Choosing the Right Weapons to Combat Facial Aging

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When to select surgical versus non-surgical options among topics on tap at ASAPS meeting

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With so many choices for facial contouring and rejuvenation, which procedures should plastic surgeons choose to give their patients the best results, and when? What patients are the best candidates for non-surgical procedures? Led by moderator Sherrell J. Aston, MD, panelists Fritz E. Barton, Jr., MD, Trevor Born, MD, Val S. Lambros, MD, and Alexis Verpaele, MD, will discuss these and other questions during “The Continuum of Facial Rejuvenation – When to Transition from Non-Surgical to Surgical” at the Annual Meeting of the American Society for Aesthetic Plastic Surgery (ASAPS) in Vancouver, Canada.

“Over the past 10 years, the border for the transition from non-surgical to surgical facial rejuvenation techniques has become less distinct. In this panel, we will explore issues such as identifying the best candidates for non-surgical modalities, selecting the procedures most likely to produce consistent results, and picking the ideal time for a patient to transition to a surgical procedure,” said Dr. Aston, of New York, NY. “We’ll also touch on topics such as what to do when, in the surgeon’s opinion, the patient has achieved the maximum results possible with non-surgical facial rejuvenation, but refuses surgical treatments, whether there are non-surgical options available for improving the neck that deliver a significant long-term benefit, and helping patients make the cost-benefit analysis.”

Traction, or pulling on skin as with the facelift, has been the traditional tool for making faces look better. This powerful tool has withstood the test of time, but it does not answer all the problems of the aging face.

“We need all treatments to address the continuum of facial aging. It isn't necessarily something that needs to be addressed with surgery,” said Dr. Lambros, of Newport Beach, CA. “A sizable number of faces age by getting thinner or hollow. This can be improved by filling the face, and can both precede and supplement facelifts. Having a ’fill tool‘ is a huge addition to the aesthetic problems of the aging face.”

Non-surgical tools such as neurotoxins, focused ultrasound and radiofrequency devices, and the assorted fillers, lasers, and chemical peels can be used to target wrinkles and creases and re-establish or create facial contour and volume. Such procedures can be used to reduce the need for surgical facial rejuvenation procedures or complement the results of such procedures.

“In my opinion, fillers are an adjunct to surgical rejuvenation, not a substitute for it,” said Dr. Barton, of Dallas, TX.

Patients’ goals, budgets, and ability to take “downtime” for healing are among the many considerations plastic surgeons weigh when working with patients to select a facial rejuvenation procedure. Managing patient expectations about outcomes and helping them sort through what can be an overwhelming amount of information is also an important part of the surgeon’s role.

“There are so many choices for facial contouring/rejuvenation, with different products, devices and combinations. Part of the challenge we are facing is all of the ’noise’ from the Internet,” said Dr. Born, of New York, NY. “The oversupply of information—and often misinformation—can cause confusion for patients, increases the demand for ’perfection,’ and contributes to the pressure on surgeons to provide what is being touted as the ’latest‘ treatment, even though it may not yet be proven.”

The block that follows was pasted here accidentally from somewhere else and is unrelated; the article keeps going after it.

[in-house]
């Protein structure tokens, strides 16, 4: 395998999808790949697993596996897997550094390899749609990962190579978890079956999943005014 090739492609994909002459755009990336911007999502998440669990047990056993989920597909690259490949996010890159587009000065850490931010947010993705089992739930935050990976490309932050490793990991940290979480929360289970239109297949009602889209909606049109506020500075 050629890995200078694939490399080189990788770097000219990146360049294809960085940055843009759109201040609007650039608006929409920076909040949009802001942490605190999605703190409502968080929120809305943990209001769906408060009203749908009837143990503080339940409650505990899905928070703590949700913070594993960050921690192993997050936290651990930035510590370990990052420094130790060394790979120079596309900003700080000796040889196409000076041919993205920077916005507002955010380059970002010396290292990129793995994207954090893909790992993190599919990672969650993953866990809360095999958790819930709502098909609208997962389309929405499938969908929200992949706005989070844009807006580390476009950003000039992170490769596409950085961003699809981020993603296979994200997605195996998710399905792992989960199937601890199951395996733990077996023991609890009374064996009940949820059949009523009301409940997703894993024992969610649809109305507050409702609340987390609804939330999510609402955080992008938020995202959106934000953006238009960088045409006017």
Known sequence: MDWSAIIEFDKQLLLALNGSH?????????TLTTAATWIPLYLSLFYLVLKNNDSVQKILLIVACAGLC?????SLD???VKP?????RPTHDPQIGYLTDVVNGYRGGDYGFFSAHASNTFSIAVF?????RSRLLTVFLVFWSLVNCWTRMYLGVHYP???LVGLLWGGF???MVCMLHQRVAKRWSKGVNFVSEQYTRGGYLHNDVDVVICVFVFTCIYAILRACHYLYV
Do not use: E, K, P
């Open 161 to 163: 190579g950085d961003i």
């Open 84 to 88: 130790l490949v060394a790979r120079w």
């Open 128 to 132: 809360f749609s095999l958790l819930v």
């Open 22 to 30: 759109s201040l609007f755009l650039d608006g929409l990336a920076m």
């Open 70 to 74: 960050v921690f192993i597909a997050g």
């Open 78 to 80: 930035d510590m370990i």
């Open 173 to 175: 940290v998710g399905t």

"Plastic surgeons nowadays are much more than just doctors; they also need to be their patients' ‘beauty consultant’. They need to be able to support their patients all the way through their aging process,” said Alexis Verpaele, MD of Belgium. “Offering non-surgical services like skin care treatments, injectables and non-invasive laser procedures is a way to show patients that we are there to help with all of their beauty concerns not just for surgical intervention. There is a tremendous advantage in mastering all the available tools in the spectrum of cosmetic treatments, and plastic surgeons are placed the best to fulfill this role."

Non-surgical facial rejuvenation procedures comprised four of the five most common non-surgical cosmetic procedures performed in plastic surgery offices in 2011, according to ASAPS. Botulinum toxin type A injection was the most common non-surgical cosmetic treatment, with over 2.6 million procedures in 2011. Hyaluronic acid injection, microdermabrasion, and IPL laser treatment were also among the top five.


The Continuum of Facial Rejuvenation – When to Transition from Non-Surgical to Surgical

Saturday, May 5th, 7:30-9:00 am
Moderator:     Sherrell J. Aston, MD
Panelists:     Fritz E. Barton, Jr., MD
Trevor Born, MD
Val S. Lambros, MD
Alexis Verpaele, MD

PRESENTERS are available for interviews.

The American Society for Aesthetic Plastic Surgery (ASAPS) is recognized as the world’s leading organization devoted entirely to aesthetic plastic surgery and cosmetic medicine of the face and body. ASAPS is comprised of over 2,600 Plastic Surgeons; active members are certified by the American Board of Plastic Surgery (USA) or by the Royal College of Physicians and Surgeons of Canada and have extensive training in the complete spectrum of surgical and non-surgical aesthetic procedures. International active members are certified by equivalent boards of their respective countries. All members worldwide adhere to a strict Code of Ethics and must meet stringent membership requirements.

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